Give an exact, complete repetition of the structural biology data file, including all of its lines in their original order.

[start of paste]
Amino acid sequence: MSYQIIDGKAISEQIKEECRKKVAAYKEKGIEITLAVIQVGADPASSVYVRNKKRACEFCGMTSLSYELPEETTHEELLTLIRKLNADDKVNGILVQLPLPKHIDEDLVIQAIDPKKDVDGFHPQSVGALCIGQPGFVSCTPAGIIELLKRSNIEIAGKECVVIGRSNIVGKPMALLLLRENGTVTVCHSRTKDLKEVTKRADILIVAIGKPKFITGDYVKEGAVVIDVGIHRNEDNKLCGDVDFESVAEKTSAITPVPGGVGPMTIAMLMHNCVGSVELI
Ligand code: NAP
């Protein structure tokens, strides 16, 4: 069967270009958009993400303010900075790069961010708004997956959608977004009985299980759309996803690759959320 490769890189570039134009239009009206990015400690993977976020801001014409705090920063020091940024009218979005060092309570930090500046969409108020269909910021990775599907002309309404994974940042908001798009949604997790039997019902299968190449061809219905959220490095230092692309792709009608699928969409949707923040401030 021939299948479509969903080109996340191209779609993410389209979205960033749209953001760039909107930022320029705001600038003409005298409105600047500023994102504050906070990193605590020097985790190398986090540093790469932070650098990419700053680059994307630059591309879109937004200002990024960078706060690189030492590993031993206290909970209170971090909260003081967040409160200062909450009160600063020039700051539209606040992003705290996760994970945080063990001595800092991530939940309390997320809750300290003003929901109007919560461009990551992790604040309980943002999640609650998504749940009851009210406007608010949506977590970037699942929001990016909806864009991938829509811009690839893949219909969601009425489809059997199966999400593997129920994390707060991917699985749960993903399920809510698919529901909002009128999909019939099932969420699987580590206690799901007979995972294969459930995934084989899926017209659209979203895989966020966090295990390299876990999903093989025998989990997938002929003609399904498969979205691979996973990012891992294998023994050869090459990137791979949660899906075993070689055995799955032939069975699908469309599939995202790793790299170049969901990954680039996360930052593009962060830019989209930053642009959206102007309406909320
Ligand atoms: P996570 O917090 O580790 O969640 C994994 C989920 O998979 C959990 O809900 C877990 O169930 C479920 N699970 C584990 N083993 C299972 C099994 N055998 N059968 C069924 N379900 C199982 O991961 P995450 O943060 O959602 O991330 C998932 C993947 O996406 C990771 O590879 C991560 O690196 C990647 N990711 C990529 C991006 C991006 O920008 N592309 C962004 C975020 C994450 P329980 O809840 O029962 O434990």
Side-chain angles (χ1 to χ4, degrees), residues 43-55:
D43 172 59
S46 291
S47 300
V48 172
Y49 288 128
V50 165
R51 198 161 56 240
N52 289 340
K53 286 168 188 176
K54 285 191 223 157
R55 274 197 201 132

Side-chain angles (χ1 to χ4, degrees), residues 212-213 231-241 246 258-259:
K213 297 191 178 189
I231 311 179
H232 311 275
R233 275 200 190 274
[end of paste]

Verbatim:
Amino acid sequence: MSYQIIDGKAISEQIKEECRKKVAAYKEKGIEITLAVIQVGADPASSVYVRNKKRACEFCGMTSLSYELPEETTHEELLTLIRKLNADDKVNGILVQLPLPKHIDEDLVIQAIDPKKDVDGFHPQSVGALCIGQPGFVSCTPAGIIELLKRSNIEIAGKECVVIGRSNIVGKPMALLLLRENGTVTVCHSRTKDLKEVTKRADILIVAIGKPKFITGDYVKEGAVVIDVGIHRNEDNKLCGDVDFESVAEKTSAITPVPGGVGPMTIAMLMHNCVGSVELI
Ligand code: NAP
């Protein structure tokens, strides 16, 4: 069967270009958009993400303010900075790069961010708004997956959608977004009985299980759309996803690759959320 490769890189570039134009239009009206990015400690993977976020801001014409705090920063020091940024009218979005060092309570930090500046969409108020269909910021990775599907002309309404994974940042908001798009949604997790039997019902299968190449061809219905959220490095230092692309792709009608699928969409949707923040401030 021939299948479509969903080109996340191209779609993410389209979205960033749209953001760039909107930022320029705001600038003409005298409105600047500023994102504050906070990193605590020097985790190398986090540093790469932070650098990419700053680059994307630059591309879109937004200002990024960078706060690189030492590993031993206290909970209170971090909260003081967040409160200062909450009160600063020039700051539209606040992003705290996760994970945080063990001595800092991530939940309390997320809750300290003003929901109007919560461009990551992790604040309980943002999640609650998504749940009851009210406007608010949506977590970037699942929001990016909806864009991938829509811009690839893949219909969601009425489809059997199966999400593997129920994390707060991917699985749960993903399920809510698919529901909002009128999909019939099932969420699987580590206690799901007979995972294969459930995934084989899926017209659209979203895989966020966090295990390299876990999903093989025998989990997938002929003609399904498969979205691979996973990012891992294998023994050869090459990137791979949660899906075993070689055995799955032939069975699908469309599939995202790793790299170049969901990954680039996360930052593009962060830019989209930053642009959206102007309406909320
Ligand atoms: P996570 O917090 O580790 O969640 C994994 C989920 O998979 C959990 O809900 C877990 O169930 C479920 N699970 C584990 N083993 C299972 C099994 N055998 N059968 C069924 N379900 C199982 O991961 P995450 O943060 O959602 O991330 C998932 C993947 O996406 C990771 O590879 C991560 O690196 C990647 N990711 C990529 C991006 C991006 O920008 N592309 C962004 C975020 C994450 P329980 O809840 O029962 O434990």
Side-chain angles (χ1 to χ4, degrees), residues 43-55:
D43 172 59
S46 291
S47 300
V48 172
Y49 288 128
V50 165
R51 198 161 56 240
N52 289 340
K53 286 168 188 176
K54 285 191 223 157
R55 274 197 201 132

Side-chain angles (χ1 to χ4, degrees), residues 212-213 231-241 246 258-259:
K213 297 191 178 189
I231 311 179
H232 311 275
R233 275 200 190 274